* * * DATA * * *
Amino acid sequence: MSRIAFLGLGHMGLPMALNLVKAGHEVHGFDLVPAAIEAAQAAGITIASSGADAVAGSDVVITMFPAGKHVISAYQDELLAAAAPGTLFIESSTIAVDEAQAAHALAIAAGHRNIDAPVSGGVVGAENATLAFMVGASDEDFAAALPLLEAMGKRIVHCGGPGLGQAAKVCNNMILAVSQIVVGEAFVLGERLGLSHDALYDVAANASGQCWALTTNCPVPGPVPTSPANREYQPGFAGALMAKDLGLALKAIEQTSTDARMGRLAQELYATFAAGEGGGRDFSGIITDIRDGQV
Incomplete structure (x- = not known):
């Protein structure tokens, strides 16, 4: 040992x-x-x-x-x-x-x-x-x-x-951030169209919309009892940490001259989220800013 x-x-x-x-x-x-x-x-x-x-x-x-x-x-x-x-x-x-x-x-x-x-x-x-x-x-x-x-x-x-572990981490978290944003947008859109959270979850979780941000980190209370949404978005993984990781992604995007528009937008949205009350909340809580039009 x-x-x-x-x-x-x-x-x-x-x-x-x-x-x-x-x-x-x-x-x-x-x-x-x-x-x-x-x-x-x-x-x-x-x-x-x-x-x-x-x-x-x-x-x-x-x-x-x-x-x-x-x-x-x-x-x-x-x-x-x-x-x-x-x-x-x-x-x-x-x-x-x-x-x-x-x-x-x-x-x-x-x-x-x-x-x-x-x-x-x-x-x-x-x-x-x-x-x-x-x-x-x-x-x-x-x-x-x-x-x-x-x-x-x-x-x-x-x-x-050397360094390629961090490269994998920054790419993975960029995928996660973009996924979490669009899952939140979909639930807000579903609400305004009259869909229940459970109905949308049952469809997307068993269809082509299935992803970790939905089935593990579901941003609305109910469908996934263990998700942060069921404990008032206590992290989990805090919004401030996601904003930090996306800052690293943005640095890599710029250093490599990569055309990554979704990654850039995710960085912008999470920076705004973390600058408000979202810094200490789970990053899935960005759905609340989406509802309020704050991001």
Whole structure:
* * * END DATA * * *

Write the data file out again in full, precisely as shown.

Amino acid sequence: MSRIAFLGLGHMGLPMALNLVKAGHEVHGFDLVPAAIEAAQAAGITIASSGADAVAGSDVVITMFPAGKHVISAYQDELLAAAAPGTLFIESSTIAVDEAQAAHALAIAAGHRNIDAPVSGGVVGAENATLAFMVGASDEDFAAALPLLEAMGKRIVHCGGPGLGQAAKVCNNMILAVSQIVVGEAFVLGERLGLSHDALYDVAANASGQCWALTTNCPVPGPVPTSPANREYQPGFAGALMAKDLGLALKAIEQTSTDARMGRLAQELYATFAAGEGGGRDFSGIITDIRDGQV
Incomplete structure (x- = not known):
């Protein structure tokens, strides 16, 4: 040992x-x-x-x-x-x-x-x-x-x-951030169209919309009892940490001259989220800013 x-x-x-x-x-x-x-x-x-x-x-x-x-x-x-x-x-x-x-x-x-x-x-x-x-x-x-x-x-x-572990981490978290944003947008859109959270979850979780941000980190209370949404978005993984990781992604995007528009937008949205009350909340809580039009 x-x-x-x-x-x-x-x-x-x-x-x-x-x-x-x-x-x-x-x-x-x-x-x-x-x-x-x-x-x-x-x-x-x-x-x-x-x-x-x-x-x-x-x-x-x-x-x-x-x-x-x-x-x-x-x-x-x-x-x-x-x-x-x-x-x-x-x-x-x-x-x-x-x-x-x-x-x-x-x-x-x-x-x-x-x-x-x-x-x-x-x-x-x-x-x-x-x-x-x-x-x-x-x-x-x-x-x-x-x-x-x-x-x-x-x-x-x-x-x-050397360094390629961090490269994998920054790419993975960029995928996660973009996924979490669009899952939140979909639930807000579903609400305004009259869909229940459970109905949308049952469809997307068993269809082509299935992803970790939905089935593990579901941003609305109910469908996934263990998700942060069921404990008032206590992290989990805090919004401030996601904003930090996306800052690293943005640095890599710029250093490599990569055309990554979704990654850039995710960085912008999470920076705004973390600058408000979202810094200490789970990053899935960005759905609340989406509802309020704050991001």
Whole structure: